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Signs

I caught a late show of Signs on Friday night. Non-spoiler review: brilliant from a technical standpoint, but lacking in storytelling acumen. There are spoilers in what follows.

OK. So: Shyamalan does a marvelous job of creating tension, interweaving it with humor, and generally creeping the hell out of audiences. Tak Fujimoto’s cinematography is brilliant. Full marks.

The problems for me were two-fold. First, and this is a purely personal issue, the philosophy of destiny espoused strikes me as weak. I suspect I might have enjoyed it more if Shyamalan had presented a specific religious stance, but instead we get a vaguely Christian belief in… well, in predestination. At the least, he could have had the courage to root it in a specific sect rather than leaving it general and fuzzy.

Mind you, it’d still be predestination any way you cut it. And there would still be the sudden realization that God (or Someone) killed a woman in order to bring someone else to the right point at the right time. The movie is not big on free will.

But all this is a personal issue, as I said. My anarchistic tendencies are not movie-making doctrine.

What bothered me more was this: the wires show. There was simply too much careful arranging of plot so as to support the thesis. The most blatant examples are at the end of the movie (I did warn regarding spoilers, and this is where it gets serious).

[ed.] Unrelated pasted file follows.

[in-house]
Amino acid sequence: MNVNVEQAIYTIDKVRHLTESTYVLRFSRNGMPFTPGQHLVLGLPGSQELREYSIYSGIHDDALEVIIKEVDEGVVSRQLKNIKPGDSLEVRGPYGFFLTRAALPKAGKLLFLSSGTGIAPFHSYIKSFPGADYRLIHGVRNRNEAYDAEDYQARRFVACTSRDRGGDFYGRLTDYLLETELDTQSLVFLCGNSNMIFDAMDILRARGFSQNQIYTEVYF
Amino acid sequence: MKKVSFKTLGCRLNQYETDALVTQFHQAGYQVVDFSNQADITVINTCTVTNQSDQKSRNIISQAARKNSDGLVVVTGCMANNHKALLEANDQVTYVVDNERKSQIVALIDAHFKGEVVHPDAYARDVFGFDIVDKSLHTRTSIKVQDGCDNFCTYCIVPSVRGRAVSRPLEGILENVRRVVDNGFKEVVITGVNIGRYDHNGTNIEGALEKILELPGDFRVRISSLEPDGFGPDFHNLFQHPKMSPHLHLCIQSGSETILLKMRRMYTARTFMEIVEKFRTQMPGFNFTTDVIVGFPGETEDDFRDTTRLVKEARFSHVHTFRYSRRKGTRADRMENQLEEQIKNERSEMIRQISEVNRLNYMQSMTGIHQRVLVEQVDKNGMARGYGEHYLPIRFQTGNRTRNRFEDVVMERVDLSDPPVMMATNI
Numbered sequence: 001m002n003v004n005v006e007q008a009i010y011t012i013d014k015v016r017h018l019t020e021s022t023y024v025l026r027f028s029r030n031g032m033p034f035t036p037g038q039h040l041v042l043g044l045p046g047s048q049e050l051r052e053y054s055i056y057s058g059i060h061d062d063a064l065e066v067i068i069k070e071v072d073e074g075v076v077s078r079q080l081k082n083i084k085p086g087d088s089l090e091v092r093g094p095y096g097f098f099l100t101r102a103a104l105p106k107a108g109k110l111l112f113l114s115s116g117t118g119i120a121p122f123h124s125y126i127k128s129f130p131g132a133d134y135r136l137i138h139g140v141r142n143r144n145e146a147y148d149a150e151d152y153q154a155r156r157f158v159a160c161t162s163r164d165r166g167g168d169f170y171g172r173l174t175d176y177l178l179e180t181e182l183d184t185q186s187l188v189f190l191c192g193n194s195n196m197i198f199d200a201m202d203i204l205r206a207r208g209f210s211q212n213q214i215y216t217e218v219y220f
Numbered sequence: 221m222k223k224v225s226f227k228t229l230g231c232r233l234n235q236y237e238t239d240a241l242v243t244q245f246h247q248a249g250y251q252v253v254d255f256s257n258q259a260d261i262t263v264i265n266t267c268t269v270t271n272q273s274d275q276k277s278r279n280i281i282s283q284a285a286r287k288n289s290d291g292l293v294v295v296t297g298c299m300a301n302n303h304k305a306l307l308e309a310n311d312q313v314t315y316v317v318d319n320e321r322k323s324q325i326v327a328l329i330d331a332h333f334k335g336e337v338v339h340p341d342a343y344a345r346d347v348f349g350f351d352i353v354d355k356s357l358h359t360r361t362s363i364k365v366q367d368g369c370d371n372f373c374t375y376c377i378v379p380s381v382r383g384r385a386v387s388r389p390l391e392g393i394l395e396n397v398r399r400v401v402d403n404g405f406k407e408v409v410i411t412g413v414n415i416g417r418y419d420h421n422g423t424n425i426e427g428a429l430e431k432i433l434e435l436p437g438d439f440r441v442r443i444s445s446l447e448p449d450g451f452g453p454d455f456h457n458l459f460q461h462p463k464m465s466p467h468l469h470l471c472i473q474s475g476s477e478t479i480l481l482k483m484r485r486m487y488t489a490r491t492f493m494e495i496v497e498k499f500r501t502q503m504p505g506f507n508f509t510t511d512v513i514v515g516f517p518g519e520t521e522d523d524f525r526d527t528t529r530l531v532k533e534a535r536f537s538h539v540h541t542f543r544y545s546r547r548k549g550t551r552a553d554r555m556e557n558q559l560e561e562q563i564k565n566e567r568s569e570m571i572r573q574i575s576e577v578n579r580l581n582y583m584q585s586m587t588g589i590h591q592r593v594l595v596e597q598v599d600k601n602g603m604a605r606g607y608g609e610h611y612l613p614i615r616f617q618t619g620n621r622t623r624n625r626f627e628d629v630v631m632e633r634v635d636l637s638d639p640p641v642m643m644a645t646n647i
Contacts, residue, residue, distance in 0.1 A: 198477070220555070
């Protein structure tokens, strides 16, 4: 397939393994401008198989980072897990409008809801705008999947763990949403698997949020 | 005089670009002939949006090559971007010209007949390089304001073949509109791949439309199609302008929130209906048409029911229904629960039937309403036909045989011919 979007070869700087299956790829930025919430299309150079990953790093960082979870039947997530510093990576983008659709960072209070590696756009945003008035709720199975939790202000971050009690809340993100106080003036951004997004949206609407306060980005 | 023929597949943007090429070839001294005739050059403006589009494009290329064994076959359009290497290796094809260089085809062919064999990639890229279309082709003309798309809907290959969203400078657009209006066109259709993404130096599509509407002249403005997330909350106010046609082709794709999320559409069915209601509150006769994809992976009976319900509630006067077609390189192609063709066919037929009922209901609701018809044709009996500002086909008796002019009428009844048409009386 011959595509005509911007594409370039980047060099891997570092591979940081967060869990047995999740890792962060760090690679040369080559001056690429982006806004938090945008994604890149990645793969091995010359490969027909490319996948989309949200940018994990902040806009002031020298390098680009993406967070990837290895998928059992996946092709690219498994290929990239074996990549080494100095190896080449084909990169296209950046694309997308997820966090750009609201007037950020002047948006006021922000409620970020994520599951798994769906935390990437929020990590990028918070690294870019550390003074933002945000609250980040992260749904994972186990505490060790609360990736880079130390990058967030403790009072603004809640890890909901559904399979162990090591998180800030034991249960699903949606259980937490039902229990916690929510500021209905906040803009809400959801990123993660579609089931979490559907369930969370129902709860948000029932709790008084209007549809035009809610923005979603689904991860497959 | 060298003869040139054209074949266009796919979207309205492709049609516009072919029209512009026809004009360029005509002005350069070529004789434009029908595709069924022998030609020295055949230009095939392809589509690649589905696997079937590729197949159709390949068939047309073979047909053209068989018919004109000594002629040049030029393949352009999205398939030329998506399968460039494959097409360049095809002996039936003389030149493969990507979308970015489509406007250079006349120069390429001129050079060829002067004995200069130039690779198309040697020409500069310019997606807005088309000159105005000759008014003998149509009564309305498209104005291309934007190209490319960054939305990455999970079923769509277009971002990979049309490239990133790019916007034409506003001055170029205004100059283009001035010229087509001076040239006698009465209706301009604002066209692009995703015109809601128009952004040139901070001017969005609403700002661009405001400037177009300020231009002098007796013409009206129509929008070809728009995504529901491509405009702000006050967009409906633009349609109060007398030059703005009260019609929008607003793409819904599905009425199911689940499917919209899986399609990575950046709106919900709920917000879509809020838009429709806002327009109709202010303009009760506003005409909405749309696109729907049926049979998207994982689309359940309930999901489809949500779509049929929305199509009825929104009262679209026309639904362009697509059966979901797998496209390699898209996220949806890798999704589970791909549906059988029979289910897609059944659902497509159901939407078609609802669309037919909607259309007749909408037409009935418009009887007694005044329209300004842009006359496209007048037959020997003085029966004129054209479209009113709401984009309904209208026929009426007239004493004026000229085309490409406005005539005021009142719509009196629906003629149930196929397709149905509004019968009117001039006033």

We find that the aliens have been defeated, but despite the fact that they’ve been defeated all over the world, the television commentator doesn’t know how. He knows who discovered the technique, and he knows that it’s been used worldwide, but he doesn’t know what it is.

This is clearly a contrivance so that we, the audience, can be surprised when the characters figure out what disturbs aliens. It’s a sour note. It’s not the only one of that type in the movie. Shyamalan doesn’t really seem to trust us to put together the pieces on our own.

That mistrust is particularly pungent in the scene in which the character he himself plays delivers a nice little expository lump, detailing both his role in the movie’s backstory and explaining that he’s locked an alien in his pantry. It’s really unclear how he did it, and it’s really unclear why he doesn’t call the cops. But it is very convenient for Father Hess (Mel Gibson), who needed to encounter an alien at this point in the plot.

Ah well. See it anyhow, unless the concept of predestination bugs you a lot. I enjoyed it greatly and it creeped me out; definitely a movie to see in a theater with a bunch of people around you. I’m glad I saw it. I just wish it had been more — Shyamalan should stop trying to be quite so clever and start trusting in his craftsmanship. There’s more to movie-making than revelatory endings.

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